The 4 most FAQ about Triton Rigging

1. Should it have forward lowers? 2. If so where do the chainplates go? 3. How are they attached? 4. How do the shrouds attach to mast?

These questions are frequently asked about Triton rigging because differences is rigging is very noticiable and very costly if it fails. Some early Tritons built on the East Coast were delivered without forward shrouds however later models and those built on the West Coast were manufactured with forwards. Because "your" rigging is probably a combination of design, manufacturing, inhearitance and choice,personal preference, its difficult to say if right or wrong. It may just be different. The following discussions represents what some Triton owners have inhearited or have done to their rigging. Hope it helps.

Larry Suter, #607, Dogstar

Dogstar, Right Coast #607, has three shrouds per side that were factory originals... They were not bolted to the deck (as I think the retro-fits are). My chain plates are long straps of stainless that go thru the deck and bolt onto a long slab of wood (kind of like a mini-bulkhead; must be a name for it) that is bonded to the hull. It's roughly a foot ahead of the forward bulkhead of the head-zone. I don't recall how far the slab extends down. The Richard Henderson article, which you can find in the Reading Room of the NTA web page, discusses when Pearson went from two shrouds to three.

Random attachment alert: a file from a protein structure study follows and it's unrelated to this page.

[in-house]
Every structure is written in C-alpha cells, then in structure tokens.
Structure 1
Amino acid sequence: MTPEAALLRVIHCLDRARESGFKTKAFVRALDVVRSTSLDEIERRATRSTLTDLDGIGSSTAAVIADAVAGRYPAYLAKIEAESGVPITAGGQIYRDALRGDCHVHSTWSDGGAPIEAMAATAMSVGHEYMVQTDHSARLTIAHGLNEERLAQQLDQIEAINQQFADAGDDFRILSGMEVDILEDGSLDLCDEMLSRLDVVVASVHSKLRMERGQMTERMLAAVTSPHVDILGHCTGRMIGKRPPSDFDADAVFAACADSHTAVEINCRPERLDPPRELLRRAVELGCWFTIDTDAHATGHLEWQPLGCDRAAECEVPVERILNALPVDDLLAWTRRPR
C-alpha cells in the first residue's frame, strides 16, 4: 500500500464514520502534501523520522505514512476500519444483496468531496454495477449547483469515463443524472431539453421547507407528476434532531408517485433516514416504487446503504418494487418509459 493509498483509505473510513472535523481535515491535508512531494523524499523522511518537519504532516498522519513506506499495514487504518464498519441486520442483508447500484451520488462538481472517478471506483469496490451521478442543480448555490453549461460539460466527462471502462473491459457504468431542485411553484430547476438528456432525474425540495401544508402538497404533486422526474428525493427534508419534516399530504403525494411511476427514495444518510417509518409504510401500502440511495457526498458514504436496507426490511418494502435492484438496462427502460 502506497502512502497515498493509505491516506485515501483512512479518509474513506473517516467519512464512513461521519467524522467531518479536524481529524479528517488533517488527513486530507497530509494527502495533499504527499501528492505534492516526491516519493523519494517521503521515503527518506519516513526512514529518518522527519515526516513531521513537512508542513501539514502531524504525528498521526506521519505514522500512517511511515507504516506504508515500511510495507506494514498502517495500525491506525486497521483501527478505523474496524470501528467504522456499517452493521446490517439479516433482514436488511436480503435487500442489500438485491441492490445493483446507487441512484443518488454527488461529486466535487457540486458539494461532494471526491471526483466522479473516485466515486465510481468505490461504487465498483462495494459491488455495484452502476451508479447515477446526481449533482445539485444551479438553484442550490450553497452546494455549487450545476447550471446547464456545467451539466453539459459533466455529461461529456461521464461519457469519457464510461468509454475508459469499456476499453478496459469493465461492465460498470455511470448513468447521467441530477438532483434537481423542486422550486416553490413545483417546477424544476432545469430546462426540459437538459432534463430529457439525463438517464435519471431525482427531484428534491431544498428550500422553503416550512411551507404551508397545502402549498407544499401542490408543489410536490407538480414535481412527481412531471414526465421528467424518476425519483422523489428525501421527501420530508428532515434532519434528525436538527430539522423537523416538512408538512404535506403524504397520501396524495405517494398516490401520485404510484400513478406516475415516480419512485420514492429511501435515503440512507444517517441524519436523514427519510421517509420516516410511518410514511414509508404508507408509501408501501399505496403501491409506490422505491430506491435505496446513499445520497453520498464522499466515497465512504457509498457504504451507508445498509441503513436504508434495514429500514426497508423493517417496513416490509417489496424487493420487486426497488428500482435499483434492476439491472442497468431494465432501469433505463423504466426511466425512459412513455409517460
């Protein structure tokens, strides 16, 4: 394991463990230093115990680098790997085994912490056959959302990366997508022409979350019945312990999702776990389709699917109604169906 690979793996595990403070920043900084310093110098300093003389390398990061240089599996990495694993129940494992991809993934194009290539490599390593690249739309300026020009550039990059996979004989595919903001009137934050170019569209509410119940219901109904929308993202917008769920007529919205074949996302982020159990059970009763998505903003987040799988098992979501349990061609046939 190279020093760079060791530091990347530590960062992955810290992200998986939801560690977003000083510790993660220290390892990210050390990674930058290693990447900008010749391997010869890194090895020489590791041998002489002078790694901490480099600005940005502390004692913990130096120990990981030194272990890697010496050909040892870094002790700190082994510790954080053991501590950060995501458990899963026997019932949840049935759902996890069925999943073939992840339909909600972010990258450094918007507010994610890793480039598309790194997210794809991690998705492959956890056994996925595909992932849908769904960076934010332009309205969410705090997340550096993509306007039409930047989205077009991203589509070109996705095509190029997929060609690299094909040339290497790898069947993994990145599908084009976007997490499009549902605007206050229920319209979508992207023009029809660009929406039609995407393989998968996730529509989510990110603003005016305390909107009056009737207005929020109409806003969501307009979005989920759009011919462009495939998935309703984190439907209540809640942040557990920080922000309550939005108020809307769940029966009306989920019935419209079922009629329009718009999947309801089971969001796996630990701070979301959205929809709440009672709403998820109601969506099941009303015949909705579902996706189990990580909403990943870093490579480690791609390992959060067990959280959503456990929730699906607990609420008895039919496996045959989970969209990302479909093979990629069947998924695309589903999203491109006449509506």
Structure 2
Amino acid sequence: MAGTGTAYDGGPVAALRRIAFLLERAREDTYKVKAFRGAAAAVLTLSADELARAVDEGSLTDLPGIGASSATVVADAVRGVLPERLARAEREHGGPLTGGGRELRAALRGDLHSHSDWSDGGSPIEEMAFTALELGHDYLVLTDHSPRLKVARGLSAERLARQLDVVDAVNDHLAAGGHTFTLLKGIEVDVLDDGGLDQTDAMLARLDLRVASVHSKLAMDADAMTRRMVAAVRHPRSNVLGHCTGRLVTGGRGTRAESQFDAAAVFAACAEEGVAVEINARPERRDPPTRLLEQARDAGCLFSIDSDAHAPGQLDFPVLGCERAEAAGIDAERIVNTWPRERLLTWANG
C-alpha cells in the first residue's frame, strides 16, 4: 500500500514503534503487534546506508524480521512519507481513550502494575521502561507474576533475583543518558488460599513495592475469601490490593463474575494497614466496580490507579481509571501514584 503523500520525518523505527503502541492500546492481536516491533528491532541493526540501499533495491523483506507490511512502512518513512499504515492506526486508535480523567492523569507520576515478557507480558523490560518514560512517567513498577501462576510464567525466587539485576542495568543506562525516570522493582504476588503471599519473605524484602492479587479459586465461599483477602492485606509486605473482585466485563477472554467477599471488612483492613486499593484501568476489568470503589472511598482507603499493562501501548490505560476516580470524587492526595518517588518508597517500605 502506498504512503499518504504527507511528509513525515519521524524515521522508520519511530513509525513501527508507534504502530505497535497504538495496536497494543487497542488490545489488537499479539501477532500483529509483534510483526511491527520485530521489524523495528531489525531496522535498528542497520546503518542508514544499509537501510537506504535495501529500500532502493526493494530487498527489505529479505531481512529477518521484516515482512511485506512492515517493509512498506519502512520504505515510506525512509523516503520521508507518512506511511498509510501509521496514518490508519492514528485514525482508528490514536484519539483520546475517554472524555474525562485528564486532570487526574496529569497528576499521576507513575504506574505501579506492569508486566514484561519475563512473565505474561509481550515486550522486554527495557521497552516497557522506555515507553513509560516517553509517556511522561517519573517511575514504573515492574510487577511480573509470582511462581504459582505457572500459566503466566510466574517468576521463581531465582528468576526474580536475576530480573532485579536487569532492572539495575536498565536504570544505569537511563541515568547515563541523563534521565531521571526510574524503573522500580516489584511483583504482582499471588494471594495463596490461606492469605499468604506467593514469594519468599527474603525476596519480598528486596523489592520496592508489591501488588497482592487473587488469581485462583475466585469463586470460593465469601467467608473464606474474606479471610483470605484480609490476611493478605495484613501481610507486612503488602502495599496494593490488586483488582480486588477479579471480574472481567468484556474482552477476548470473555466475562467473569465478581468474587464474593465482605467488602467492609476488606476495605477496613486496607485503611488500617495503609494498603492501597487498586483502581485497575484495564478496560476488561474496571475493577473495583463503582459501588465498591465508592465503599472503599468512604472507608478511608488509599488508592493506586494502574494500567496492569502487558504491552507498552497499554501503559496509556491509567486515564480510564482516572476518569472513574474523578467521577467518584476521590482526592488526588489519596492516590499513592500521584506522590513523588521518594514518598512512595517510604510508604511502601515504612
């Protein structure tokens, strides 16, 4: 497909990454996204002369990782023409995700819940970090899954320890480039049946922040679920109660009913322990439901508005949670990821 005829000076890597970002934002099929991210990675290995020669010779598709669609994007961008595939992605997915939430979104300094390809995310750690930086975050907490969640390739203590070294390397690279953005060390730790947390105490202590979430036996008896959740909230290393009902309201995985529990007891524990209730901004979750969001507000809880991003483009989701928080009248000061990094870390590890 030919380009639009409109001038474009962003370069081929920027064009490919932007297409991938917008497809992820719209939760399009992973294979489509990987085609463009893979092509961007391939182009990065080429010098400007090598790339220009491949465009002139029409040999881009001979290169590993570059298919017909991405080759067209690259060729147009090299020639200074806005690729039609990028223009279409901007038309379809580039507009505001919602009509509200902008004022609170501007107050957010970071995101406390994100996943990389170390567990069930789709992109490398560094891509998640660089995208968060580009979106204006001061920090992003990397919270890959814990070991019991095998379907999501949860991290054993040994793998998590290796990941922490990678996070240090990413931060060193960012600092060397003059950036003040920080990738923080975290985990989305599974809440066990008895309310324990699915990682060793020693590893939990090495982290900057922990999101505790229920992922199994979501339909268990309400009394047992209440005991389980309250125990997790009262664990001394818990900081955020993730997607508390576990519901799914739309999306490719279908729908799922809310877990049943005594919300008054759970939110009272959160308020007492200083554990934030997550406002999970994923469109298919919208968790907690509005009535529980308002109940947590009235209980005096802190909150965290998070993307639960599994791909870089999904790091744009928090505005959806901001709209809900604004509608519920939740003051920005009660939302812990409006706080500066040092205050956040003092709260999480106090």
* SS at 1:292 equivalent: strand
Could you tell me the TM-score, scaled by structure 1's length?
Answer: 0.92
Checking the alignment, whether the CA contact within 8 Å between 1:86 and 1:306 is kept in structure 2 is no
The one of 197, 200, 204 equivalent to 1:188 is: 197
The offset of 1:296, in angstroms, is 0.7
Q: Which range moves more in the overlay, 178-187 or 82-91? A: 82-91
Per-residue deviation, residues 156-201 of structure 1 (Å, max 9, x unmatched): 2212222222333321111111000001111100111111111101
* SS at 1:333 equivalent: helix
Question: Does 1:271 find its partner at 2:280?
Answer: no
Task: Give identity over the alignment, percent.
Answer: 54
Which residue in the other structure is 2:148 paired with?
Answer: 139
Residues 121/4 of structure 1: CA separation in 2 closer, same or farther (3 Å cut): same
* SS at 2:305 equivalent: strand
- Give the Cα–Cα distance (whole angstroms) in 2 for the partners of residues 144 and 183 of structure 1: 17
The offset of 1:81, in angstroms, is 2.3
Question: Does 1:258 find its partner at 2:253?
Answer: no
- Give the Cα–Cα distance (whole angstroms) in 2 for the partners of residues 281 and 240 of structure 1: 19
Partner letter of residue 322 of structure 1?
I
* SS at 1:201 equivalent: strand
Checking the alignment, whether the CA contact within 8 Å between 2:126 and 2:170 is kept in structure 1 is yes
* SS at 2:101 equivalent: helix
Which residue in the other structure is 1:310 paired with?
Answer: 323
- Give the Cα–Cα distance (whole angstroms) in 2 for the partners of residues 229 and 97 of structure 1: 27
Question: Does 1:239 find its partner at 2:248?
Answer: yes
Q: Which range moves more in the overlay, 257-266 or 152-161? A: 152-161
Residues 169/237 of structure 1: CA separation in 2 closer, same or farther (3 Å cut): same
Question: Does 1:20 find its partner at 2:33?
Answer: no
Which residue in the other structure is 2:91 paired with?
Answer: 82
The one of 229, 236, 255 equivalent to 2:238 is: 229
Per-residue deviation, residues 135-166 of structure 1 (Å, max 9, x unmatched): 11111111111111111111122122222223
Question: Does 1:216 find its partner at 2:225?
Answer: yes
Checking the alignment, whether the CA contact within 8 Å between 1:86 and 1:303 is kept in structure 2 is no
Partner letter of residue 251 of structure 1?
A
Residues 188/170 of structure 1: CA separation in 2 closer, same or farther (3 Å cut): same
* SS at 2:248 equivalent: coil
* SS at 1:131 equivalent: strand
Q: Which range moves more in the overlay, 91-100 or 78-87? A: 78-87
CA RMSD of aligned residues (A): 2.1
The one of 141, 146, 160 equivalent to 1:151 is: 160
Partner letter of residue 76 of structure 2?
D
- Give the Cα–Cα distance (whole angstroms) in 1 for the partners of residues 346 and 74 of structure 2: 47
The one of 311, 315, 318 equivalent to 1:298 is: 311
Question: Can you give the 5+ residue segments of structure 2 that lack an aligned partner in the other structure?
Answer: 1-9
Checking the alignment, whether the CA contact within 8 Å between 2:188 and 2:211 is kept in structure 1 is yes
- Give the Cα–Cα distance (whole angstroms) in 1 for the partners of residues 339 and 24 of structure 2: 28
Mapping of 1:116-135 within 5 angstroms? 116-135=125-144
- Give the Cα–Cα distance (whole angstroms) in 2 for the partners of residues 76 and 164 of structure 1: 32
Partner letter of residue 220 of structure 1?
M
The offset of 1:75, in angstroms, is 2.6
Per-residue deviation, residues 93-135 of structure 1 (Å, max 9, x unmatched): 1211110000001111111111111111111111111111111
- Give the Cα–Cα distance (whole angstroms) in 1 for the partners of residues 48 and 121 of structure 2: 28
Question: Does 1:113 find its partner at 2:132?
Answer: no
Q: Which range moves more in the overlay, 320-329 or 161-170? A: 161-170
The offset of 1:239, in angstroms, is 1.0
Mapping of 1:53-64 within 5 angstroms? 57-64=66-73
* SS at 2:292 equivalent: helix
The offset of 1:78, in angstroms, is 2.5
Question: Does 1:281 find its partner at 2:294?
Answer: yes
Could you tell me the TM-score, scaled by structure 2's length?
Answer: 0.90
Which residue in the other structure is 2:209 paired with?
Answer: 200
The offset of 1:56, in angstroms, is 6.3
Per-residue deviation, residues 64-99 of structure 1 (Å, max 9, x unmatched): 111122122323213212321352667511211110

Richard Henderson's article includes this statement: "Another shortcoming of the early Tritons was that they came with single rather than double lower shrouds, and a number of masts were lost as a result. It is my understanding that after boat number 120, however, another set of lower shrouds was added, and shroud kits were supplied to the earlier boats." You can find it at

Having just quoted Henderson's article (my impression is that he really knows boats), the counter argument is: The boat's gone how-many-years and still has the mast. That's a pretty persuasive argument that two's enough, right there. Also, I know of at least one boat, Hulakai, that's raced on SF bay for years with one of the two lower shrouds about as floppy loose as you could imagine.

If you go with two, and it probably is OK, you might want to make sure the shrouds and the tangs are in really good condition. If the shrouds are ancient, I'd consider replacing them.

If you look at the photos of Allen Hilburn's Kaholee (world's most landlocked triton) you'll see only two shrouds per side. Allen's email is on the page. Kaholee is #158 which is a bit more than the #120 in Henderson's article. Maybe he didn't research this point very thoroughly. His comment about lost masts could have been a passing reference over a yacht club beer.

Don Tyson, #20